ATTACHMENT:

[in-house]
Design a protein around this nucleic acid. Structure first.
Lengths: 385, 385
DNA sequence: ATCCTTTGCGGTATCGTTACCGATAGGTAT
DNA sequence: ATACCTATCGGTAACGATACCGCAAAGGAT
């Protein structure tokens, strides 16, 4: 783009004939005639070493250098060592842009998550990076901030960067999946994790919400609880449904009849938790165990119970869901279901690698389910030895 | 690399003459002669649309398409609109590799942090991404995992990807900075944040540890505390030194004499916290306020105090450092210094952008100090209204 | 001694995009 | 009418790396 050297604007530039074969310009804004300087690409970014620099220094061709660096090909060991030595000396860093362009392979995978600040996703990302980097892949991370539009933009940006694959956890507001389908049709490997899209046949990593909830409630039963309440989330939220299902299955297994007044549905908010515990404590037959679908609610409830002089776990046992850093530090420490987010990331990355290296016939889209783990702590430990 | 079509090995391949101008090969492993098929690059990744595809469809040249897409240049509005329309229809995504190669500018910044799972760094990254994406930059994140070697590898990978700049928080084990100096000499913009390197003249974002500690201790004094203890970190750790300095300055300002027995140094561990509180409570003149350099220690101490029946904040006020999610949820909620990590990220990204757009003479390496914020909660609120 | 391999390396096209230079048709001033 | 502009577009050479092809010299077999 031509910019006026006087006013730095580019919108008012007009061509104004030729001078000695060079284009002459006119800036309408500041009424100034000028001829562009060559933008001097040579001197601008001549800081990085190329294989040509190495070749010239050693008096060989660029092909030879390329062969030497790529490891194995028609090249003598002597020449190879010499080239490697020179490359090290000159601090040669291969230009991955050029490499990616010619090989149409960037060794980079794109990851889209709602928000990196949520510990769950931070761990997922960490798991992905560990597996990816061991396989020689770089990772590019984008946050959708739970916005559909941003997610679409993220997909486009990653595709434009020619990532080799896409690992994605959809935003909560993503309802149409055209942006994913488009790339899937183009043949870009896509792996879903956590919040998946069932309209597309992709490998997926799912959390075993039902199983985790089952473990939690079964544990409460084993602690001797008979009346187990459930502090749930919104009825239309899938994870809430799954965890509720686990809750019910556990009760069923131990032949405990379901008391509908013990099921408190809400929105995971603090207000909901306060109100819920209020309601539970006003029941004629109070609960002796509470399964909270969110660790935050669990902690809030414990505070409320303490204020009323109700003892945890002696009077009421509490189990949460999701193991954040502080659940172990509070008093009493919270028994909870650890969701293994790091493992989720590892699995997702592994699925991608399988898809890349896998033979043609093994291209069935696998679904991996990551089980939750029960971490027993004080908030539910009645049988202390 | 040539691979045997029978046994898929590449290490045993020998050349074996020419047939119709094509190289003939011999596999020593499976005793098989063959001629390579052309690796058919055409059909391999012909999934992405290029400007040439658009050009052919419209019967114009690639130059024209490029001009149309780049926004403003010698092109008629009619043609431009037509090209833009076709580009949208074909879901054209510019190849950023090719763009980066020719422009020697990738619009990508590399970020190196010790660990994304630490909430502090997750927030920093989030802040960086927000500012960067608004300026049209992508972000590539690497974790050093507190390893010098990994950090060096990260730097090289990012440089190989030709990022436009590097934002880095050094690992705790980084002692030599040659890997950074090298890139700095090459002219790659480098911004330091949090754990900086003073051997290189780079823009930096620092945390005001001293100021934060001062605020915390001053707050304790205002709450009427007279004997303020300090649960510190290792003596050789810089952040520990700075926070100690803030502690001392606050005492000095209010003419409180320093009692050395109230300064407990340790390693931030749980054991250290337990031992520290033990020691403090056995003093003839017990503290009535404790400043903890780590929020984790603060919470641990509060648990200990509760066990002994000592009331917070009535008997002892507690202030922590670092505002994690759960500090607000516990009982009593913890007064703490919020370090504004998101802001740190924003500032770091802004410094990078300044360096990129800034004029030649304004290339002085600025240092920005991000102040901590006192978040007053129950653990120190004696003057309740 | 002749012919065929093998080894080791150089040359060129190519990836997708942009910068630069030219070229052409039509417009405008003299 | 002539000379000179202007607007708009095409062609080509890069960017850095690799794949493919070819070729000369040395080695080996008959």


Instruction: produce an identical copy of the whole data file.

[in-house]
Design a protein around this nucleic acid. Structure first.
Lengths: 385, 385
DNA sequence: ATCCTTTGCGGTATCGTTACCGATAGGTAT
DNA sequence: ATACCTATCGGTAACGATACCGCAAAGGAT
């Protein structure tokens, strides 16, 4: 783009004939005639070493250098060592842009998550990076901030960067999946994790919400609880449904009849938790165990119970869901279901690698389910030895 | 690399003459002669649309398409609109590799942090991404995992990807900075944040540890505390030194004499916290306020105090450092210094952008100090209204 | 001694995009 | 009418790396 050297604007530039074969310009804004300087690409970014620099220094061709660096090909060991030595000396860093362009392979995978600040996703990302980097892949991370539009933009940006694959956890507001389908049709490997899209046949990593909830409630039963309440989330939220299902299955297994007044549905908010515990404590037959679908609610409830002089776990046992850093530090420490987010990331990355290296016939889209783990702590430990 | 079509090995391949101008090969492993098929690059990744595809469809040249897409240049509005329309229809995504190669500018910044799972760094990254994406930059994140070697590898990978700049928080084990100096000499913009390197003249974002500690201790004094203890970190750790300095300055300002027995140094561990509180409570003149350099220690101490029946904040006020999610949820909620990590990220990204757009003479390496914020909660609120 | 391999390396096209230079048709001033 | 502009577009050479092809010299077999 031509910019006026006087006013730095580019919108008012007009061509104004030729001078000695060079284009002459006119800036309408500041009424100034000028001829562009060559933008001097040579001197601008001549800081990085190329294989040509190495070749010239050693008096060989660029092909030879390329062969030497790529490891194995028609090249003598002597020449190879010499080239490697020179490359090290000159601090040669291969230009991955050029490499990616010619090989149409960037060794980079794109990851889209709602928000990196949520510990769950931070761990997922960490798991992905560990597996990816061991396989020689770089990772590019984008946050959708739970916005559909941003997610679409993220997909486009990653595709434009020619990532080799896409690992994605959809935003909560993503309802149409055209942006994913488009790339899937183009043949870009896509792996879903956590919040998946069932309209597309992709490998997926799912959390075993039902199983985790089952473990939690079964544990409460084993602690001797008979009346187990459930502090749930919104009825239309899938994870809430799954965890509720686990809750019910556990009760069923131990032949405990379901008391509908013990099921408190809400929105995971603090207000909901306060109100819920209020309601539970006003029941004629109070609960002796509470399964909270969110660790935050669990902690809030414990505070409320303490204020009323109700003892945890002696009077009421509490189990949460999701193991954040502080659940172990509070008093009493919270028994909870650890969701293994790091493992989720590892699995997702592994699925991608399988898809890349896998033979043609093994291209069935696998679904991996990551089980939750029960971490027993004080908030539910009645049988202390 | 040539691979045997029978046994898929590449290490045993020998050349074996020419047939119709094509190289003939011999596999020593499976005793098989063959001629390579052309690796058919055409059909391999012909999934992405290029400007040439658009050009052919419209019967114009690639130059024209490029001009149309780049926004403003010698092109008629009619043609431009037509090209833009076709580009949208074909879901054209510019190849950023090719763009980066020719422009020697990738619009990508590399970020190196010790660990994304630490909430502090997750927030920093989030802040960086927000500012960067608004300026049209992508972000590539690497974790050093507190390893010098990994950090060096990260730097090289990012440089190989030709990022436009590097934002880095050094690992705790980084002692030599040659890997950074090298890139700095090459002219790659480098911004330091949090754990900086003073051997290189780079823009930096620092945390005001001293100021934060001062605020915390001053707050304790205002709450009427007279004997303020300090649960510190290792003596050789810089952040520990700075926070100690803030502690001392606050005492000095209010003419409180320093009692050395109230300064407990340790390693931030749980054991250290337990031992520290033990020691403090056995003093003839017990503290009535404790400043903890780590929020984790603060919470641990509060648990200990509760066990002994000592009331917070009535008997002892507690202030922590670092505002994690759960500090607000516990009982009593913890007064703490919020370090504004998101802001740190924003500032770091802004410094990078300044360096990129800034004029030649304004290339002085600025240092920005991000102040901590006192978040007053129950653990120190004696003057309740 | 002749012919065929093998080894080791150089040359060129190519990836997708942009910068630069030219070229052409039509417009405008003299 | 002539000379000179202007607007708009095409062609080509890069960017850095690799794949493919070819070729000369040395080695080996008959």